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   Chapter 5 THE LAMP

The White Stone By Anatole France Characters: 2405

Updated: 2017-12-04 00:02

n those days the truth was revealed to Fra Giovanni that the riches of this world come from God and should be the heritage of the poor, who are the favourite children of Jesus Christ.

Christian folk were busy celebrating the Saviour's birth; and Fra Giovanni had come to the town of Assisi, which is set upon a mountain-top, and from this mountain first rose the Sun of Charity.

Now the day before Christmas eve, Fra Giovanni was kneeling in prayer before the Altar under which St. Francis sleeps in a stone coffin. And he was meditating, dreaming how St. Francis was born in a stable, like Jesus. And while he was pondering, the Sacristan came up to him and asked him of his goodness to look after the Church while he ate his supper. Church and Altar were both loaded with precious ornaments; gold and silver were there in abundance, for the sons of St. Francis had long fallen from their early poverty, and had received gifts from the Queens of the Earth.

Fra Giovanni assured the Sacristan:

"Go, Brother, and enjoy your meal. I will guard the Church, as Our Lord would have it guarded."

And so saying, he went on with his meditations. And as he knelt there alone in prayer, a poor wom

an entered the Church and asked an alms of him for the love of God.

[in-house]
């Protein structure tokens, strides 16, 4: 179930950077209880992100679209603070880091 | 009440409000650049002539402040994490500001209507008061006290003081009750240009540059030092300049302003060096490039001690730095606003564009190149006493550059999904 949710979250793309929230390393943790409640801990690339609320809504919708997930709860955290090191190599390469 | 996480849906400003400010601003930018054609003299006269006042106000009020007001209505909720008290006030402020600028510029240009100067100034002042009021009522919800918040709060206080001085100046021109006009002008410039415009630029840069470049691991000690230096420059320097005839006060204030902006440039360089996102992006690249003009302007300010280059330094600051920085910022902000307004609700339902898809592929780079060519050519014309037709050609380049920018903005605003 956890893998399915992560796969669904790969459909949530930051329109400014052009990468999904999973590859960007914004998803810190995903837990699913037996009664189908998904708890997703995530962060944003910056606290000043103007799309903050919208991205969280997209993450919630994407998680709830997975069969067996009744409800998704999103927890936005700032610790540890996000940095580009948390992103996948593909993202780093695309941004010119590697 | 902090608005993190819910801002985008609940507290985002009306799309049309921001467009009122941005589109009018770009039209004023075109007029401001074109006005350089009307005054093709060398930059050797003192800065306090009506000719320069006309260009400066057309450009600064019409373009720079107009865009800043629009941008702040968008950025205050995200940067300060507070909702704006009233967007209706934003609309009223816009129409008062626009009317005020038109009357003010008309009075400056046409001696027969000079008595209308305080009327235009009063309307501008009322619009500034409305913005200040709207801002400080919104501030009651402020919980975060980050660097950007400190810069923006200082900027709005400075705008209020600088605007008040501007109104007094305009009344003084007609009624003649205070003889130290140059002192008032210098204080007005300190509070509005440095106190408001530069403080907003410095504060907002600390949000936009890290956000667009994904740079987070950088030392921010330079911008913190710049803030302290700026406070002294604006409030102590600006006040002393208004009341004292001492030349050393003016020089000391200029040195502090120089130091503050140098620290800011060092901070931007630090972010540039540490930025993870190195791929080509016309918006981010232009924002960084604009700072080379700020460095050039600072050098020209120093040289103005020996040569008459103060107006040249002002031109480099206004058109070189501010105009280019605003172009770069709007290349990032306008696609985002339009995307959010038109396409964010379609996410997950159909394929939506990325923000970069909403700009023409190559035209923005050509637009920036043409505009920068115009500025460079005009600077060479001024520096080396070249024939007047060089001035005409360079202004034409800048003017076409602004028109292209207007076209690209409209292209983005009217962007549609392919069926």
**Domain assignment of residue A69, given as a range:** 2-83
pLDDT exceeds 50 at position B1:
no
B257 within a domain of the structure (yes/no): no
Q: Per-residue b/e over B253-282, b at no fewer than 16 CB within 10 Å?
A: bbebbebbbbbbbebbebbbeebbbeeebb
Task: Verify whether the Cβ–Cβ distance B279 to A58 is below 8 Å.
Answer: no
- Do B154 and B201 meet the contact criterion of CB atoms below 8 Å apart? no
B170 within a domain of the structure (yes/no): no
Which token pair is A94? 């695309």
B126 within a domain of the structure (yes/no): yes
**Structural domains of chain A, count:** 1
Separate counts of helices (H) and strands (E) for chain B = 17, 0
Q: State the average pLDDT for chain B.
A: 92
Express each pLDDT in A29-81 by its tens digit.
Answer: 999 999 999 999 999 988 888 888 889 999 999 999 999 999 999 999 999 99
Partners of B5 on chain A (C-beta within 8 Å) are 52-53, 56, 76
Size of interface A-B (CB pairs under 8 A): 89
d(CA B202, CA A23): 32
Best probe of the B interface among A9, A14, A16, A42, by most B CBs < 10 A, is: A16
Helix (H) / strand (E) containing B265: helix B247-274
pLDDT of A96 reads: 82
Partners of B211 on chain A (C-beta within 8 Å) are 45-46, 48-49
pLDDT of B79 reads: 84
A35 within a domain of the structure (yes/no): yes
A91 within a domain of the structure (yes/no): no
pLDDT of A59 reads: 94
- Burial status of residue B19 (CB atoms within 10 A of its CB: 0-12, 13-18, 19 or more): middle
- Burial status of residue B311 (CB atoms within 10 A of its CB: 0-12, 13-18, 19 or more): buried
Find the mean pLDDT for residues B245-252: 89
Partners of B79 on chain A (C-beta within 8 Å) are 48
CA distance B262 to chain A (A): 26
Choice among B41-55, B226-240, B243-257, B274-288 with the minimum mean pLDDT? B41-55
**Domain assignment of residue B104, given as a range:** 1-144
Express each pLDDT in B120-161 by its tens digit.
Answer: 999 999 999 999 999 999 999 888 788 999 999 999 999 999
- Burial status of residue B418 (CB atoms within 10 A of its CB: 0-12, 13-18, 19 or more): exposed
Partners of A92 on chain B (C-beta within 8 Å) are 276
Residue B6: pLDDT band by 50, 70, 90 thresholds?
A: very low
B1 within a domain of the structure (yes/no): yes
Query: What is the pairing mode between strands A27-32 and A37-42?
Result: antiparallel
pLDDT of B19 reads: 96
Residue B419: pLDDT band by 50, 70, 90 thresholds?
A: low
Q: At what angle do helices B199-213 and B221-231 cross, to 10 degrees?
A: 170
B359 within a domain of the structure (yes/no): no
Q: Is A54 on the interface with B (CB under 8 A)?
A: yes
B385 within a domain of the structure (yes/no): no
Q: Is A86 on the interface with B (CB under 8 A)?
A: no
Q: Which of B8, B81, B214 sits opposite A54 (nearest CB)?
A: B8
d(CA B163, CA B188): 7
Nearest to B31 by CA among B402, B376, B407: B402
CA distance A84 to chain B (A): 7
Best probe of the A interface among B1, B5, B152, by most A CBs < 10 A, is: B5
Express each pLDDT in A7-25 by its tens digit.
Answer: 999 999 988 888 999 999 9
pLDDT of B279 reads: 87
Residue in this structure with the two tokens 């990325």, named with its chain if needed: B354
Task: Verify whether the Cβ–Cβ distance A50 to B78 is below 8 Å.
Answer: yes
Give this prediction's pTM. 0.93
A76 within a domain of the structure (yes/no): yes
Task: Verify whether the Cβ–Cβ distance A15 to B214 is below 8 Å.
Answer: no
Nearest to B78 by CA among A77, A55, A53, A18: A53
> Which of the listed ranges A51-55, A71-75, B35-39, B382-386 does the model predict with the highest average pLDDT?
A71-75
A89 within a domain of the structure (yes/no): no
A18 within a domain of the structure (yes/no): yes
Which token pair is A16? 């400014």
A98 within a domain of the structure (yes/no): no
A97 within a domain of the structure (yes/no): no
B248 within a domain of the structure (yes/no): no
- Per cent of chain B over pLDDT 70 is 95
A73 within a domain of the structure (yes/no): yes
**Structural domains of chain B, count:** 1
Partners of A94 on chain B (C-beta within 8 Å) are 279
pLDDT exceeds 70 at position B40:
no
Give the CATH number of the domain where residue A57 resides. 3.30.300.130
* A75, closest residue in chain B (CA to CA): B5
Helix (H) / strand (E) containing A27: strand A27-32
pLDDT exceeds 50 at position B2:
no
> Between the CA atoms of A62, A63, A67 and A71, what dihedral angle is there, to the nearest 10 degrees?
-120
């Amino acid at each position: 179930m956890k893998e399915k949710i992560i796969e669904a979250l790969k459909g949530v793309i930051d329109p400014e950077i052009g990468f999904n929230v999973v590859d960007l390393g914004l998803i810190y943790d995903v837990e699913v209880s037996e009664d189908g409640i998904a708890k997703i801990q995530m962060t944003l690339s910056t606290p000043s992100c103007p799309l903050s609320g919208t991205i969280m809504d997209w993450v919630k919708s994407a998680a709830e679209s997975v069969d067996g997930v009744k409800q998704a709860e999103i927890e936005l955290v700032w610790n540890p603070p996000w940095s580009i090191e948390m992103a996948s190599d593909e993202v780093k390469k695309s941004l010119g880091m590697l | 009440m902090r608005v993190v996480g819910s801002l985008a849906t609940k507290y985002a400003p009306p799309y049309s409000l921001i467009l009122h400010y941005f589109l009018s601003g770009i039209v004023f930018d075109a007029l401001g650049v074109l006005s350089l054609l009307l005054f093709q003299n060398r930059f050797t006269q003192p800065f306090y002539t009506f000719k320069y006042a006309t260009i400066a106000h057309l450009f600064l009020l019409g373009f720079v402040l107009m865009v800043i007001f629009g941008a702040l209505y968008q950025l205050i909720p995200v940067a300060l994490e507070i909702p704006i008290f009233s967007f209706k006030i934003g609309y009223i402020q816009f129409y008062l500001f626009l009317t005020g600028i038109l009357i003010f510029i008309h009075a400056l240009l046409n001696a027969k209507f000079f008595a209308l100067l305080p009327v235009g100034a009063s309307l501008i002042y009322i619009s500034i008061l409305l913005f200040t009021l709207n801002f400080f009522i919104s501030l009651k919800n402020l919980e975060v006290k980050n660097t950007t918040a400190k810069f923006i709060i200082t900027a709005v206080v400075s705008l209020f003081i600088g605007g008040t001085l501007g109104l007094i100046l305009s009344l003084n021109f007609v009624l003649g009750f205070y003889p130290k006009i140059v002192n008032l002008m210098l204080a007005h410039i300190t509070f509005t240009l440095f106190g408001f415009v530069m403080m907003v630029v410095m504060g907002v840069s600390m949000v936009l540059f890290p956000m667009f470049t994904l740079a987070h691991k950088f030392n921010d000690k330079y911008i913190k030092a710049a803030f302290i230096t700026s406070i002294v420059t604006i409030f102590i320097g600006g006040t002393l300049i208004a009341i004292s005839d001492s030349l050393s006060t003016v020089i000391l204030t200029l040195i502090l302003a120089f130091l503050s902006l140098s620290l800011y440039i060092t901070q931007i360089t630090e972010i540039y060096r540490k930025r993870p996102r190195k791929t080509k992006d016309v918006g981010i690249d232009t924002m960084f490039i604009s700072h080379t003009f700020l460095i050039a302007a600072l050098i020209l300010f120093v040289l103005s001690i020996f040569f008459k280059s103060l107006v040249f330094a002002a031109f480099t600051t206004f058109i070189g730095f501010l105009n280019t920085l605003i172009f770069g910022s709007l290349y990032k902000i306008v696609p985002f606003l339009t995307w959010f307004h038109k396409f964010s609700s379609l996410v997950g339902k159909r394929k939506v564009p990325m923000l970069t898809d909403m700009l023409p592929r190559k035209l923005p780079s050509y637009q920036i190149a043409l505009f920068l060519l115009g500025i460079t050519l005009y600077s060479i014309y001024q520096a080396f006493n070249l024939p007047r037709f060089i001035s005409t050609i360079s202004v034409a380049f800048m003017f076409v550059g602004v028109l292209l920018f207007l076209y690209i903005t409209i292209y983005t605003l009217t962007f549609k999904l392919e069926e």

"I have nothing," the holy man replied; "but the Altar is loaded with ornaments, and I will go see if I cannot find something to give you." A golden lamp hung above the Altar, decked about with silver bells. Examining the lamp, he said to himself:

"Those little bells are but idle vanities. The true ornament of yonder Altar is the body of St. Francis, which reposes naked under the flags with a black stone for a pillow."

And drawing his knife from his pocket, he detached the little silver bells, one after the other, and gave them to the poor woman.

Presently, when the Sacristan, his meal finished, returned to the Church, Fra Giovanni, the holy man of God, said to him:

"Never trouble, my brother, about the little bells that belonged to the lamp. I have given them away to a poor woman who had need of them."

Now Fra Giovanni did in this wise, because he knew by revelation that all the things in this world, belonging to God, belong of rights to the poor.

And he was blamed on earth by men whose thoughts were given over to riches. But he was found praiseworthy in the sight of the Divine Goodness.

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